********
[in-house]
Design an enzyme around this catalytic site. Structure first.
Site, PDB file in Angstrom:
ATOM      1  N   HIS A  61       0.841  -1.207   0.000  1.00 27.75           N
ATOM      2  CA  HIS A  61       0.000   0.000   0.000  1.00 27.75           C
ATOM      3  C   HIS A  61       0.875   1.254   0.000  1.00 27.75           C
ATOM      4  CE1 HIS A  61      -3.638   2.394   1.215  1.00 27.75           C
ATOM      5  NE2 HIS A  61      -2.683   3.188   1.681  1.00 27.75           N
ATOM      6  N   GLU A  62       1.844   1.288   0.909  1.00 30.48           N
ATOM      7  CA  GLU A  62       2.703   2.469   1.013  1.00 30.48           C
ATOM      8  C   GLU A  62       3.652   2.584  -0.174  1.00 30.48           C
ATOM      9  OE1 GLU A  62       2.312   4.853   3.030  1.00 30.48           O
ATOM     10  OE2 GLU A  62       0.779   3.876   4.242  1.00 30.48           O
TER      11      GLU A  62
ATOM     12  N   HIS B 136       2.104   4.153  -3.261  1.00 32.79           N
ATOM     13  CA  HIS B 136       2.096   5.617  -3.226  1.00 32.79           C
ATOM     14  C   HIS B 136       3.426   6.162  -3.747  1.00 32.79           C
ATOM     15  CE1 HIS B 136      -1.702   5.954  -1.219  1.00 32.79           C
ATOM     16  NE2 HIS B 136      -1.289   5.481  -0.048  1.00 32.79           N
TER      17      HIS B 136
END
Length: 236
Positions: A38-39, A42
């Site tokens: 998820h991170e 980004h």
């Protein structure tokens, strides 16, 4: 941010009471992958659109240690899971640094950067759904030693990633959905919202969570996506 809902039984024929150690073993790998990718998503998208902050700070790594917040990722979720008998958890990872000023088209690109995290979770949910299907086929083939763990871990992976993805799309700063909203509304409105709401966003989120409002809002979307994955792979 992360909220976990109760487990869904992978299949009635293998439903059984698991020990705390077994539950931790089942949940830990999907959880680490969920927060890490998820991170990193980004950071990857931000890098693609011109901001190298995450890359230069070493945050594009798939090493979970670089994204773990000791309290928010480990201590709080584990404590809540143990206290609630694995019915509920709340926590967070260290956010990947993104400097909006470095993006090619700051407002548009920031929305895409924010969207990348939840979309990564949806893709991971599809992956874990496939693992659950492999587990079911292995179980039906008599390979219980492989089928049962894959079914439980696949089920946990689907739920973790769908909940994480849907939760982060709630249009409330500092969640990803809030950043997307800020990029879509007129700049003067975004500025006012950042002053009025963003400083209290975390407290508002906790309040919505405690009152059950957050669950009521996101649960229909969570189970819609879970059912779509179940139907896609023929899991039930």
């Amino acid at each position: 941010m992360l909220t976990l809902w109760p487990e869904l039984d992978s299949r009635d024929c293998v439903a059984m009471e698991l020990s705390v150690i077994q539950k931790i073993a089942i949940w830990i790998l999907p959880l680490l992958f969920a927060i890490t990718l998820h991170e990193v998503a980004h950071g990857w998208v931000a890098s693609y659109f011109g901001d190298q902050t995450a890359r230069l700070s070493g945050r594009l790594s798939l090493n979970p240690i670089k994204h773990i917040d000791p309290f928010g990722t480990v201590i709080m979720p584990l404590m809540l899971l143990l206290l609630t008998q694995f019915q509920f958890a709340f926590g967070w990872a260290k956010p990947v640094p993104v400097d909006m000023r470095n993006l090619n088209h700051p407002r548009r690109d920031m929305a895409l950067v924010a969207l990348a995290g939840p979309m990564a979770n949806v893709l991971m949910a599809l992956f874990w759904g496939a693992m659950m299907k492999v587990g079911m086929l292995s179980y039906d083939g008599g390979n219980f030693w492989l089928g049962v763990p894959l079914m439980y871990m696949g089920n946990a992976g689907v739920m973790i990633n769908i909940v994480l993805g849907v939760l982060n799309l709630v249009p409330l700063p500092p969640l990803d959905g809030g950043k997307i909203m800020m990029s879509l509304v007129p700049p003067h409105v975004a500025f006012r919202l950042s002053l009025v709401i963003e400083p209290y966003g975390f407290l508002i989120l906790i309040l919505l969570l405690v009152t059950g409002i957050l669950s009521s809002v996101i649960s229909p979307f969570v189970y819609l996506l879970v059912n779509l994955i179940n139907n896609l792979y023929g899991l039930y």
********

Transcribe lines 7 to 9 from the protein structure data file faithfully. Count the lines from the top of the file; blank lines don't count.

ATOM      4  CE1 HIS A  61      -3.638   2.394   1.215  1.00 27.75           C
ATOM      5  NE2 HIS A  61      -2.683   3.188   1.681  1.00 27.75           N
ATOM      6  N   GLU A  62       1.844   1.288   0.909  1.00 30.48           N